A Parable of the Blind Leading the Blind
"Let them alone: they be blind leaders of the blind. And if the blind lead the blind, both shall fall into the ditch." Matthew 15:14
There is a pale square of eggshell white, an empty space where Bruegel used to be.
It has been removed from the museum, just as many statues, books, speakers, and other artworks have been toppled or torn, ripped from the roots, from city squares or libraries or galleries. The patrons of the historical sites of Naples must learn that their education and edification cannot come at the cost of anyone's hurt feelings.
The image of umbrage is The Parable of the Blind Leading the Blind, a five century old work by the Flemish artist, Pieter Bruegel the Elder. His inspiration was from the gospel of Matthew, when the good Lord warned us about following the dictates of those who didn't know the truth, or weren't even looking for it. The source alone is objectionable to many!
In the painting, assorted men stumble each after one another, grasping and falling on their way. Their eyes are sick or glassy, or not there at all, as if plucked clean by crows, concave sockets, sight hollowed from heads with a cantaloupe baller.
The painting is offensive to people who are blind, or who otherwise identify that way, who might not approve the parallels implied about seeing, the pitfalls of spiritual sightlessness and its insinuated struggles. Peasants and farmers are also furious: this classist assault on the poor and their allies must be erased from memory. Hindus or Jews might be upset by work depicting the New Testament, and the atheists, too, are sick and tired of being force fed life lessons from fairy tale books. Human rights activist groups have asked that all opprobrious religious artwork be removed from the galleries, and curators have their work cut out for them ahead, as forklifts must be brought in to remove countless tons of artefacts from all over the world. All ancient Indian art, all African ritual art, all European Christian art must be tossed onto a bonfire so that aggressions, both micro and intended, can burn in hell. There will surely be some suitably secular moral illustrations from the last two decades that can fill in for the more than ten millennia that human creativity was tainted with faithful delusions.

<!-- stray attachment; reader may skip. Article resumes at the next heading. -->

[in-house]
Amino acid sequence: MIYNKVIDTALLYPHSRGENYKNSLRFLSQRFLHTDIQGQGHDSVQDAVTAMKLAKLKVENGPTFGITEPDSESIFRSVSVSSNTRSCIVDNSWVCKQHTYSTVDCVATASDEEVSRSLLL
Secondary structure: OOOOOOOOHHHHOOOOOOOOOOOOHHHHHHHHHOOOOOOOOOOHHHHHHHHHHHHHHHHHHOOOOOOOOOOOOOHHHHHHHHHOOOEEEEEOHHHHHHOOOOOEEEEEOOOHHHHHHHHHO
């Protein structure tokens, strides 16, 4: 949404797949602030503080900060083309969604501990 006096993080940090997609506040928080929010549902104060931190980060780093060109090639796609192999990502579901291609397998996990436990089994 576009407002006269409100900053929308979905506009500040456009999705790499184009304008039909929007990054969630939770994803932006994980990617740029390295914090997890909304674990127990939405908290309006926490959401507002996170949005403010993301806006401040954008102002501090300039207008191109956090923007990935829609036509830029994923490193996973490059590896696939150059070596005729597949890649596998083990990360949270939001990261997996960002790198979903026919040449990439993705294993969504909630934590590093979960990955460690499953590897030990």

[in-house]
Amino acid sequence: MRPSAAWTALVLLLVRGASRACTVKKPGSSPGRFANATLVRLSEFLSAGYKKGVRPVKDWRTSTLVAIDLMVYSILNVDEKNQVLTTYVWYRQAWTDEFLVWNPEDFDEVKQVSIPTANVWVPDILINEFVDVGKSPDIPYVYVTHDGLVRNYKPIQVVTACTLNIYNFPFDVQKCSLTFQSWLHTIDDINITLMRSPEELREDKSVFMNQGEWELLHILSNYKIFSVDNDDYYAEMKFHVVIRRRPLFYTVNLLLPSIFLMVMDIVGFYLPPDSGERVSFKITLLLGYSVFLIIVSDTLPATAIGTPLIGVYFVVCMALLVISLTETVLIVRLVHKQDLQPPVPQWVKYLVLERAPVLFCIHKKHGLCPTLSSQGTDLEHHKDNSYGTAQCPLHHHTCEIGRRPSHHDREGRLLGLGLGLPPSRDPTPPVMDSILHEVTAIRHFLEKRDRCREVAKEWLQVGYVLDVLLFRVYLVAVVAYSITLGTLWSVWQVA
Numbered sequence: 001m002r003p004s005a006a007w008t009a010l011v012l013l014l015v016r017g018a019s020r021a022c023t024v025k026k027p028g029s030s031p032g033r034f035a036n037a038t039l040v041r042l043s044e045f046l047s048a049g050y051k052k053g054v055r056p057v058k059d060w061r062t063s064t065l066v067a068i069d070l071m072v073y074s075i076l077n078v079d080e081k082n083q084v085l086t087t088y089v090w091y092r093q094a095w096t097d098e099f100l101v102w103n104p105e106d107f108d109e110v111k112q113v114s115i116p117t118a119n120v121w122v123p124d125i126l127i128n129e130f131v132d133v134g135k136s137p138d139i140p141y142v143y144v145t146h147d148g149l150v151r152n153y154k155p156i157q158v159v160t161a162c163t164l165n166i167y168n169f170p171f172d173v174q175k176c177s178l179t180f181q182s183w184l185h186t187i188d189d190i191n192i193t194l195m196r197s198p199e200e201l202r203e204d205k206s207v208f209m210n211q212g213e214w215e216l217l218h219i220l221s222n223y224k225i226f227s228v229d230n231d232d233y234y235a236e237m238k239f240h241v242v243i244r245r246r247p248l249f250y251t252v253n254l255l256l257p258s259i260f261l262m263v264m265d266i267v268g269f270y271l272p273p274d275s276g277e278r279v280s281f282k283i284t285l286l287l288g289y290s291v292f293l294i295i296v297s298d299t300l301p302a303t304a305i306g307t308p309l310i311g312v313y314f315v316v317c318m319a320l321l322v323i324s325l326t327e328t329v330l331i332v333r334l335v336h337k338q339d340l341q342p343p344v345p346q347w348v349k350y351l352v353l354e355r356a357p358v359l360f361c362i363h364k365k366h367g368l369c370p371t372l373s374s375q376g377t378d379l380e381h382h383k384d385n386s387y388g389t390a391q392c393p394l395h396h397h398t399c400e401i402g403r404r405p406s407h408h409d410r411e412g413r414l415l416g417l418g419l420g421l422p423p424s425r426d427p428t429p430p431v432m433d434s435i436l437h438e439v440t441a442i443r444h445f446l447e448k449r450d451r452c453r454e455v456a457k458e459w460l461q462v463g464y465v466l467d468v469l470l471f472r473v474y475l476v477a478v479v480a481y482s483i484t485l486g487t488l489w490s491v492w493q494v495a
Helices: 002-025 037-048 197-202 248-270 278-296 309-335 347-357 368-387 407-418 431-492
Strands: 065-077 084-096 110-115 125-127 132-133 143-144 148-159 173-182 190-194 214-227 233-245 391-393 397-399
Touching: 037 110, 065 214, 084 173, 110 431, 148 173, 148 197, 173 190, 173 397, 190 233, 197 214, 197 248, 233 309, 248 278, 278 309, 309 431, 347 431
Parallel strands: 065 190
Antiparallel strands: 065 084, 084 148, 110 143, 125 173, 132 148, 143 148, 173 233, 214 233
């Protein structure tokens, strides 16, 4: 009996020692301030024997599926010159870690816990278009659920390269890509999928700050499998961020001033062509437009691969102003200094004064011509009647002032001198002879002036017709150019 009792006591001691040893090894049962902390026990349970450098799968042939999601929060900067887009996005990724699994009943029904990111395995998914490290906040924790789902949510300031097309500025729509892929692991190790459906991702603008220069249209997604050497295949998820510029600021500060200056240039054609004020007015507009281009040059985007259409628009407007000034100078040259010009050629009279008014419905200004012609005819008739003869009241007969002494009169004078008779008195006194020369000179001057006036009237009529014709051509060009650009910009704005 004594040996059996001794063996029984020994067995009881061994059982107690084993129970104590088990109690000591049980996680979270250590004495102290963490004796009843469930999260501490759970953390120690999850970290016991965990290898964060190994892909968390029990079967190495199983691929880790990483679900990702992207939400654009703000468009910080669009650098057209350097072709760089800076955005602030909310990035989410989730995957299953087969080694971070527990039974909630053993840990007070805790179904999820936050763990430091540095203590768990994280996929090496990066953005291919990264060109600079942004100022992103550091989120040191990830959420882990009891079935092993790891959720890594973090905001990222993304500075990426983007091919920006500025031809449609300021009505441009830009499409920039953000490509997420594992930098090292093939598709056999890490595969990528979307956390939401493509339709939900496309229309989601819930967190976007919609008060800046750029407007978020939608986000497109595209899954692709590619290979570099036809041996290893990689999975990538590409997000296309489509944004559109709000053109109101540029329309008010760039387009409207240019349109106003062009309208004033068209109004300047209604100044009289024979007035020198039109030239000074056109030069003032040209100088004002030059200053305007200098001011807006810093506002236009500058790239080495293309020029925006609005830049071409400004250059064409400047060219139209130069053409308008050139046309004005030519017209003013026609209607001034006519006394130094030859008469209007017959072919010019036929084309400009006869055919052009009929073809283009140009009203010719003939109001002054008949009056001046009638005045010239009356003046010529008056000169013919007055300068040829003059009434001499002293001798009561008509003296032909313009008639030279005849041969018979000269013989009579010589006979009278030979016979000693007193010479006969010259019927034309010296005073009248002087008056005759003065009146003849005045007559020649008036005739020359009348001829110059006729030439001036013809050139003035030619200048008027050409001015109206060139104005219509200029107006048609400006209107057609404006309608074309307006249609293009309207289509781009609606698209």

Some sources report that women are also upset by the piece and have asked to have it destroyed- it looks like the work might have been painted by a man.
In an interview with the Washington Post, the museum director shared her perspective. "At first, we considered replacing this dangerous work with an appropriate painting from the era or from local contemporary talents. This proved difficult as a staggering number of submissions and backroom stock were equally offensive, if not more so. We thought leaving the blank space was a wonderful statement. And when we overheard a patron expressing how moved she was by the empty wall, we decided to leave it blank with nothing to see. With nothing to look at and nothing to see, it's a safe space for everyone."
Lorette C. Luzajic
Lorette C. Luzajic is a visual artist, writer, and editor of The Ekphrastic Review.
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